Cisco Access Control Lists Notes

This is part of the Cisco Notes series on Mike’s World News

Standard Access Control Lists (ACLs) are 1-99 and 1300-1999.
Extended ACLs are 100-199 and 2000-2699.

Standard ACLs are typically placed close to the destination.
Extended ACLs are typically placed close to the source.
I remember this as: SD/ES
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Spanning Tree Notes

This is part of the Cisco Notes series on Mike’s World News.

Spanning-Tree Protocol or STP is IEEE standard 802.1d.
Rapid Spanning-Tree Protocol or RSTP is IEEE standard 802.1w.

The first manufactured switch will be, by default, the root switch in a Spanning Tree.  This is because it has the lowest bridge ID (lowest priority plus mac address) is the root switch.  If all switches are using the default priority of 32768, then the switch with the lowest MAC address is the root switch.

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Cisco Notes

I’m still working on Cisco ICND-2, which I started over the summer, but with everything going on, I haven’t got it finished yet.  I thought I’d start typing up some notes as I study to help me better learn the information.  I will be presenting these notes in the coming days on Mike’s World News and in no particular order.

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Oh Cisco

For years I have wanted to start learning how to operate Cisco Systems’ routers and switches.  One of the reasons that I decided to go ahead with finishing my Bachelors through Western Governors University is that I would have 3 Cisco classes / Certifications (CCENT, CCNA, and CCNA Security).  I finished the 1st class a few days ago.  The class was tough, but manageable.  I really understand why 80%ish of the IT world uses Cisco.  These things are great.  Now, to start switching work to Cisco…  that might be harder than the test! 🙂

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What I'd do with a $20 million lottery win

Note: I will be starting college again March 1st.  I will be attending Western Governors University.  I originally wrote this for a scholarship from to help pay for college. but was about 3 hours late turning it in.  I think I did a pretty good job so I figured I’d post it here.

I believe that if I would to win a $20 million dollar lottery, while portions of my life would change, overall, my life wouldn’t change very much.  Upon winning the lottery, I would immediately call my dear sweet wife.  She is a stay at home mom to our three beautiful children.  My wife and I would go out to dinner so we could discuss our financial plan.  The next day, I would write a check and pay off the mortgage.    I would also write a check to my Church for 10% of the winnings.  Of course, the government would also take 30-40% in taxes.  This would leave me with about $10 million dollars. I would take the money and divide it up into various bank accounts so that no one bank was above the FDIC coverage limit (I have had several banks that I have dealt with fail).   I would tell my family, but I don’t think I would tell many, if any, other people.  There just isn’t a smart reason to tell non-family members.  They would either think I’m bragging, or want to borrow money from me.   I do think I would take a weeks’ vacation from work and go on a nice trip with my family.  When we got back (or perhaps before we go), I would setup trust accounts for each of my 3 children for college, fully funding, with some extra, their anticipated college expenses.  I would then purchase some real estate and rent out the properties, to help bring long term income into my family.  I would talk to my parents and my wife’s parents about paying off their home mortgages, thus bringing some financial peace to them.  I would keep $5 million dollars in good growth mutual funds to allow this money to keep growing.  By having this money grow at 6%-10% annually, I would bring in at least $300,000.00 annually that we can live on without touching the remaining $5 million.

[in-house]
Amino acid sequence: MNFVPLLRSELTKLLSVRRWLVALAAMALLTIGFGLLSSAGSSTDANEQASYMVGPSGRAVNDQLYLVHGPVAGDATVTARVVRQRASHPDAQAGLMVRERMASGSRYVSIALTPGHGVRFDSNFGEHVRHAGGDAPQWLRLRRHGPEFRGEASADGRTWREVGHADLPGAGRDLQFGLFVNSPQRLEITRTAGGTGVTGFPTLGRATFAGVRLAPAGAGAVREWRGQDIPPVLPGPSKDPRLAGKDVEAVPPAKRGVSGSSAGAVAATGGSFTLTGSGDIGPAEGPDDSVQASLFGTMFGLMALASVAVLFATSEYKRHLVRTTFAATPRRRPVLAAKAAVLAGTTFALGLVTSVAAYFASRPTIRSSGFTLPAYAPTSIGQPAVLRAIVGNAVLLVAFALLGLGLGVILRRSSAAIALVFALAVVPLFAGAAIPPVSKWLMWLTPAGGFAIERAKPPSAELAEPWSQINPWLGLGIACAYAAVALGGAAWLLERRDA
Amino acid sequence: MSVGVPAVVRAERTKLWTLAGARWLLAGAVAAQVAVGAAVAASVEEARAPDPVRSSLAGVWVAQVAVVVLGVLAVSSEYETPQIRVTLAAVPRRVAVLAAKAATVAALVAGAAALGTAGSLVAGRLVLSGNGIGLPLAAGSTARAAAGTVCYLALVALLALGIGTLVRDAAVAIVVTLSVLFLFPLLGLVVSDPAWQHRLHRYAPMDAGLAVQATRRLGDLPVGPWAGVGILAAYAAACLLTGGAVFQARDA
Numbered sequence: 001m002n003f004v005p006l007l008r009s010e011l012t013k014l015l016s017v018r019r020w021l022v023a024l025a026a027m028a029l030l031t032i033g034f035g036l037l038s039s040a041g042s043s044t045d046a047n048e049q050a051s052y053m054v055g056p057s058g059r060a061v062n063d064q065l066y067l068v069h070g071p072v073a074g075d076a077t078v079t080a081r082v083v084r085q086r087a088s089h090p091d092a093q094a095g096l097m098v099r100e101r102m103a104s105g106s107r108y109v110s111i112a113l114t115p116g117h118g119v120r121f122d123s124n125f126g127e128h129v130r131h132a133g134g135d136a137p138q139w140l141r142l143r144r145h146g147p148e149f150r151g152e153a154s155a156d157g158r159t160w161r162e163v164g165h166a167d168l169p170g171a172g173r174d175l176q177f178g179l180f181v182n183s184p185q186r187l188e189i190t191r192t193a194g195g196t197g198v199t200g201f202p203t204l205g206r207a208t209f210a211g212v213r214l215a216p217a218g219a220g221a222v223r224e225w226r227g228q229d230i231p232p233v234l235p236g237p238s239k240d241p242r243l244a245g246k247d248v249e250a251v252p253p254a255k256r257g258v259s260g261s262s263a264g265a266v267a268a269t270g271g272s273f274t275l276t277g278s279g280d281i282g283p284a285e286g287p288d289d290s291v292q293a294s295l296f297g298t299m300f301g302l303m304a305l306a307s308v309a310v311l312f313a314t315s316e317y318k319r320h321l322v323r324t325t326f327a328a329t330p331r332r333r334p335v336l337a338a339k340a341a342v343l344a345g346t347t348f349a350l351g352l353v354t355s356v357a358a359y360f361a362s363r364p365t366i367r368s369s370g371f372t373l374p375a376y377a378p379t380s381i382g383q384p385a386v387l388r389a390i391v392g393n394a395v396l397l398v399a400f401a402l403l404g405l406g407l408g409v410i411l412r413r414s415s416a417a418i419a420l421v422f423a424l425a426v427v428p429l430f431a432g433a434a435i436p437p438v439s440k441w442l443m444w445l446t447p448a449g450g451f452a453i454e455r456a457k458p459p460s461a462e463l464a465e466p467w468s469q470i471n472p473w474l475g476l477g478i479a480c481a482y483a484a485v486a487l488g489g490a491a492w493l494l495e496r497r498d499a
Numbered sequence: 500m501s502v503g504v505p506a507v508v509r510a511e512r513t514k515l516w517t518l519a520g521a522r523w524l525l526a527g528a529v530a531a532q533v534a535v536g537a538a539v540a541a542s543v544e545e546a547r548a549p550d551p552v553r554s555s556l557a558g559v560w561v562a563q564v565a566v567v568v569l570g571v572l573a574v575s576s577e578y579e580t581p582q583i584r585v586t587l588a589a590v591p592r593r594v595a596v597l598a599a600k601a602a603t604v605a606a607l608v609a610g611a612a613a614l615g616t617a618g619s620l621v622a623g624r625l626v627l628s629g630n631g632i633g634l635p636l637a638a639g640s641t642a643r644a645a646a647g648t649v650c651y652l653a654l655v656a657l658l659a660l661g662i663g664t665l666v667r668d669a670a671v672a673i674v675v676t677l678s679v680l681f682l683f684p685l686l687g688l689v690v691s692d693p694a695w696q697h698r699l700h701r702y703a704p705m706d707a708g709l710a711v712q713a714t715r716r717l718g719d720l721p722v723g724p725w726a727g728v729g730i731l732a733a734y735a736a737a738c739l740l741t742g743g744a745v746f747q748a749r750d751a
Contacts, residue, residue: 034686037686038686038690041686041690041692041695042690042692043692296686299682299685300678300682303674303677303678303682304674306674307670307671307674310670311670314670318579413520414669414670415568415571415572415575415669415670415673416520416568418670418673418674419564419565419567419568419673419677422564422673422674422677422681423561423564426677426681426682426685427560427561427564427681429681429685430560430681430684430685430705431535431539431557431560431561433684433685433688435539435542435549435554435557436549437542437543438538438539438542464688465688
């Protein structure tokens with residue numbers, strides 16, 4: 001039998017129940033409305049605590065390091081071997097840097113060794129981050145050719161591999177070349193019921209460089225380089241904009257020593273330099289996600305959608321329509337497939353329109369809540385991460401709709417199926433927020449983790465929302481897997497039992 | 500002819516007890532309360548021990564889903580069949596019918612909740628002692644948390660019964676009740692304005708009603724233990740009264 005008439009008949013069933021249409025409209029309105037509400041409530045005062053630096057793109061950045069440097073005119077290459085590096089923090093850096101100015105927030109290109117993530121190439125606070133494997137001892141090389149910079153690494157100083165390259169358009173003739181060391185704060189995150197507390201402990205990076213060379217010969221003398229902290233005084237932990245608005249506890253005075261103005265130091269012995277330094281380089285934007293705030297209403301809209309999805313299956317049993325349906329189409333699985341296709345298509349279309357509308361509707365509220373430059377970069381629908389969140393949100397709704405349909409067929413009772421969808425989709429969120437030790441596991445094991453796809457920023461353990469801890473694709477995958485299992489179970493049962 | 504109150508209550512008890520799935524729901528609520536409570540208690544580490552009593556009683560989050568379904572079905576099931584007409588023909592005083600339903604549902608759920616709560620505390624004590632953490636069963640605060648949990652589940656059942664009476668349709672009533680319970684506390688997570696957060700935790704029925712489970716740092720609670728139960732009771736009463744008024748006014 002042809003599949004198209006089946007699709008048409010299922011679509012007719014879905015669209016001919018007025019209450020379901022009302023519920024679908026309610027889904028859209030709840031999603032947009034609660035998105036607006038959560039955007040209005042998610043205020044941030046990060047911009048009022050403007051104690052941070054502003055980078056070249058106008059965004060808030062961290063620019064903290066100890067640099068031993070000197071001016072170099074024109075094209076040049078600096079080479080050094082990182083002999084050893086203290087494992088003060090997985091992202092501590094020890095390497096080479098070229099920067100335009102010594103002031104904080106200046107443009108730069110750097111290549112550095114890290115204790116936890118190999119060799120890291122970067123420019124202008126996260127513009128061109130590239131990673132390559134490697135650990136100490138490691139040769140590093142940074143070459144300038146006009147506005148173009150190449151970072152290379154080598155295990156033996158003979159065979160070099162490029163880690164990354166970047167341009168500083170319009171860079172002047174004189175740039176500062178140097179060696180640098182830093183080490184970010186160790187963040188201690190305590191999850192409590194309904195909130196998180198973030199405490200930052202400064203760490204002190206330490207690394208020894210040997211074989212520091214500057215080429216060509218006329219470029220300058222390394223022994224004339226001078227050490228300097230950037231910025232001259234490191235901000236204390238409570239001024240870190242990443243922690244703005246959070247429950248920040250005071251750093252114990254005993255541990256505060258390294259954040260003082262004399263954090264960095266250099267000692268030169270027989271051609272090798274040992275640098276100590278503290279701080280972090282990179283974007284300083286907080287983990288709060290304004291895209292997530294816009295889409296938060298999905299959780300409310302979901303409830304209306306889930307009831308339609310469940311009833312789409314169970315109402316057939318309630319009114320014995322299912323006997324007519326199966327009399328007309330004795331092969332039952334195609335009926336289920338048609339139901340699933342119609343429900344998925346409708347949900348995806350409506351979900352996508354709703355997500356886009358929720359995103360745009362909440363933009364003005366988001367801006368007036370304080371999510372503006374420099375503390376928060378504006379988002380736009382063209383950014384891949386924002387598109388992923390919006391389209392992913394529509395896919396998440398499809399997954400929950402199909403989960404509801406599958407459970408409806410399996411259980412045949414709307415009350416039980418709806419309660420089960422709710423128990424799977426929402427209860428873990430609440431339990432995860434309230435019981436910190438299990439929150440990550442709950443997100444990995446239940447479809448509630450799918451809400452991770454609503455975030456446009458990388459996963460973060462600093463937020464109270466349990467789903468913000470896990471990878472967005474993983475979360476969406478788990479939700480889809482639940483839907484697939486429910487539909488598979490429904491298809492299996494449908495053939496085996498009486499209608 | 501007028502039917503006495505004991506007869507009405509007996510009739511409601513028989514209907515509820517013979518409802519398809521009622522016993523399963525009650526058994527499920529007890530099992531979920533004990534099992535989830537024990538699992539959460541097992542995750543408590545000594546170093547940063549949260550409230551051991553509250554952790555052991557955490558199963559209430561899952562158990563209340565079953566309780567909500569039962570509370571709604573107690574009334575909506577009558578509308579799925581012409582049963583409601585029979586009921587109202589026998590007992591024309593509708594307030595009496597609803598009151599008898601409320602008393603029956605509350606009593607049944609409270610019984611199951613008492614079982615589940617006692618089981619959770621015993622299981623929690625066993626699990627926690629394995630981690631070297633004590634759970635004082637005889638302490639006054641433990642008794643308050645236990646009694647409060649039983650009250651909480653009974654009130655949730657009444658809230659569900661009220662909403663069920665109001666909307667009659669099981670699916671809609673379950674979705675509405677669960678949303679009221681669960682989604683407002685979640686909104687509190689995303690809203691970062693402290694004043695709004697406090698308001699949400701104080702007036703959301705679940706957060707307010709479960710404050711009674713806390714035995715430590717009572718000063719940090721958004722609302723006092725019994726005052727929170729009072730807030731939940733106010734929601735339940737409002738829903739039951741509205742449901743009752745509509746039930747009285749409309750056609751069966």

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The trouble with regulations